Steel production increase of 1% (to 32%) was modest cheer to those looking for a seasonal upturn, though "many still cling to the opinion" that a larger-scale increase will get under way in the next few weeks; a rise to 45%-50% in coming months would satisfy the steel trade.

Bonds irregular. Domestic list generally lower, led by a sharp decline in rails with both high- and low-grade rail issues hitting new 1931 lows. However, industrial issues showed rallying tendencies and many speculative bonds rose sharply. Amusement co. bonds were a strong feature, and oils rose late in the week. Public utilities characteristically steady. US govts. dull and firm. European list strong, led by German govts. Hungarian bonds rallied sensationally after agreement on $25M loan. Cuban bonds fell sharply due to "revolutionary activities."

Cotton broke sharply to 32-year lows after higher than expected govt. crop forecast; spot cotton fell to 6.75 cents/pound. Some recovery took place later in the week after Farm Board recommendation to plow up a third of the crop, though the plan was almost universally opposed as "weird and unworkable." Grains moved in a narrow range; record-high govt. forecast for winter wheat was offset by forecast of smallest spring wheat crop since 1910 due to widespread drought damage.

Foreign news featured continued improvement in German situation; Reichsbank was able to cut discount rate to 10% from 15%, the feared currency inflation has not appeared, and commercial banks are operating without trouble although some withdrawals continue from savings banks. Sterling rose quietly but steadily, and London bill rates fell slightly to 4 3/16%. However, "confidence in the exchange is not yet fully restored," and "conservative quarters" don't look for a cut in the Bank of England's 4 1/2% rate until progress is made on govt. spending cuts and balancing of the budget.

Banking week featured sharp and unseasonal rise in Fed. Reserve credit outstanding (up $138M to $1.105B). Rise was attributed to shifting of Bank of France balances out of bills and govts. ($50M), increase in circulation due a number of small bank failures ($42M), and to member banks increasing reserves by selling bills and govts. to the Fed. Reserve. Remarkably, the rise in credit outstanding caused almost no increase in money market rates; this was seen as "evidence of ... the determination of the monetary authorities to keep money at the present cheap levels."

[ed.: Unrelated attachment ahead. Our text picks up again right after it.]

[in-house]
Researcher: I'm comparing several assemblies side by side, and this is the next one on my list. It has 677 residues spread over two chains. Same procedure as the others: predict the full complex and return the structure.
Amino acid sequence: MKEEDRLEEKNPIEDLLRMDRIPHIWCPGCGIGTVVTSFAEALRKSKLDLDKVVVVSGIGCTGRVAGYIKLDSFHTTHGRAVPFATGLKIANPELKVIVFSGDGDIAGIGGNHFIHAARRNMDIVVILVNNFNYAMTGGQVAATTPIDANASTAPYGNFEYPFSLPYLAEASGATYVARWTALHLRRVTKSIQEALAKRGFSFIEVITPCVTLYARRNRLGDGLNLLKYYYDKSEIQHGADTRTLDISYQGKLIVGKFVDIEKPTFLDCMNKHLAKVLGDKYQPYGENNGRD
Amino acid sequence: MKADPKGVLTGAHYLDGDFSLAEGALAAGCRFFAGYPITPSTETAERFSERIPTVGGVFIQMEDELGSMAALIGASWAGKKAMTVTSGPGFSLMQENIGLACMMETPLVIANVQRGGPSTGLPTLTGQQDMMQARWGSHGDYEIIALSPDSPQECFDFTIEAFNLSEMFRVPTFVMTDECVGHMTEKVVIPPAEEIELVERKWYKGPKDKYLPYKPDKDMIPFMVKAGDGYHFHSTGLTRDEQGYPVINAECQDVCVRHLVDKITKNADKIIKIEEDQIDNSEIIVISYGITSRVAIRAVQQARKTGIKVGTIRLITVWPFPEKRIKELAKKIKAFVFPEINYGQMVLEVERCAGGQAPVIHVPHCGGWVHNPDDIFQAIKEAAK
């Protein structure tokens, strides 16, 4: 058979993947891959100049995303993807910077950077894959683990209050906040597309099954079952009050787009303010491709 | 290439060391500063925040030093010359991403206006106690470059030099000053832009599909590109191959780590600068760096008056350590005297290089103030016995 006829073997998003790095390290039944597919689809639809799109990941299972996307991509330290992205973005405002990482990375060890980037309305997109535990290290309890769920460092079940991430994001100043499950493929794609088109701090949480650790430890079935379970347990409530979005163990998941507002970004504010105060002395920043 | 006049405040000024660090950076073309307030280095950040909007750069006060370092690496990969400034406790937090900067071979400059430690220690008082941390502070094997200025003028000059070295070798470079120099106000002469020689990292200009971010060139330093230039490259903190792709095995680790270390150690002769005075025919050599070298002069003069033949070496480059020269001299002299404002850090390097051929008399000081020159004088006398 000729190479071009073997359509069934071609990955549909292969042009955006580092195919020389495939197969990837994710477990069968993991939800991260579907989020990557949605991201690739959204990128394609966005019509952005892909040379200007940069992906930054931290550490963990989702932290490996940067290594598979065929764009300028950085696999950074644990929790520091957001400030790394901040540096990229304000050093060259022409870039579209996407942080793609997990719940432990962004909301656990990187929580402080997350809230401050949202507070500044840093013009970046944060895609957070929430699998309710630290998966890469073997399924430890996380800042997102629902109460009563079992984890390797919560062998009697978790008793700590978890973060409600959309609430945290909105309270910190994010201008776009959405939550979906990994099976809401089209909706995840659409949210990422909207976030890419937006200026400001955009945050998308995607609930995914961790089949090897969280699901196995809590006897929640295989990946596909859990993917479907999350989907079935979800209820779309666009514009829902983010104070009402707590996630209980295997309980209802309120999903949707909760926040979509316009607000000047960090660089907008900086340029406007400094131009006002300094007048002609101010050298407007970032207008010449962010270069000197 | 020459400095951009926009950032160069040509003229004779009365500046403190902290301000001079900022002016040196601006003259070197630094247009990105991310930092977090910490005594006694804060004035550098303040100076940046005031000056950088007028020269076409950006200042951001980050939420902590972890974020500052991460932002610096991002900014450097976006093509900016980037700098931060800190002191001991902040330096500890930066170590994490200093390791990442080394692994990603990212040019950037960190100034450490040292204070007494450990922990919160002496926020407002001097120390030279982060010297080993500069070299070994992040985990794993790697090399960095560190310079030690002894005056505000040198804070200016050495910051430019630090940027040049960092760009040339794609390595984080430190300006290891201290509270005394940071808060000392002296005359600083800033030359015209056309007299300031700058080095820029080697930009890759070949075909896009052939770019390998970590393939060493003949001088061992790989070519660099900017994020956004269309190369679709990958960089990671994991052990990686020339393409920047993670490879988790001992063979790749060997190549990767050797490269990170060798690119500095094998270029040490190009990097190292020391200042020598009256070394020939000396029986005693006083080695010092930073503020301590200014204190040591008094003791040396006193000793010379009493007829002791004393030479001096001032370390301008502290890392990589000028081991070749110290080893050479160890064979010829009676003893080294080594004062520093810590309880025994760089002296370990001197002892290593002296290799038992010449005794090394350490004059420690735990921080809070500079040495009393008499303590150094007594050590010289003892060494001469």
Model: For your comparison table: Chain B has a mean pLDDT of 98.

Market commentary:

Market wrap: Stocks trading more active, with prices again advancing, in "pleasant contrast to the dull, sagging dealings recently familiar on Saturday." Brisk buying in evidence in leaders including Steel, GE, Can, Allied Chemical and GM; rails scored additional gains, turning in their best session in 10 days; merchandising shares strong under leadership of Woolworth; pool operations apparent in issues including Radio and United Aircraft; trading favorites including Kodak and J.I. Case set a fast pace. Bond trading dull, prices irregular. Foreign list rallied further; German govts. strong; Australian govts. gained after success of conversion plan. US govts. up slightly. Domestic list mixed; rails irregularly lower while convertibles and industrial issues rose. Wheat rallied to close somewhat higher on Soviet news; other grains mixed. Cotton moderately higher.

There was no business news to account for the recent rally. Many in the Street believed the advance followed the tradition of a rally in August anticipating improved fall business. In addition, drastic deflation in stocks over the past two years "unquestionably has largely discounted existing conditions" and also "placed stocks generally in strong hands. ... Recognizing that people who had clung to their stocks in face of the prevailing apprehension were obviously stout-hearted, large-scale operators have come to the conclusion that internal conditions in the market favored the inauguration of a campaign for higher prices at this time." Bull operators including the "Danforth, Meehan and Hiscoe groups have provided aggressive leadership on the upside over the last several sessions." Judging by the pickup in volume as prices rose, it was clear "substantial buying power had been awaiting the first indications of a better market."

Some observers encouraged by recent rise in security loans to non-brokers; these are believed to represent a better quality of investors than brokers' clients.

At the start of last week, "many reports of unsatisfactory conditions were in circulation, but after the market had rallied all the rumors were of bullish developments to come." In other words, stock market action itself appears to be prompting rumors. [Note: No way!]

Wall Street continues to discuss railroad dividend doubts; NY Central is subject of particular question after reporting drastically lower first-half earnings. The Pennsylvania RR is also unlikely to earn its dividend this year.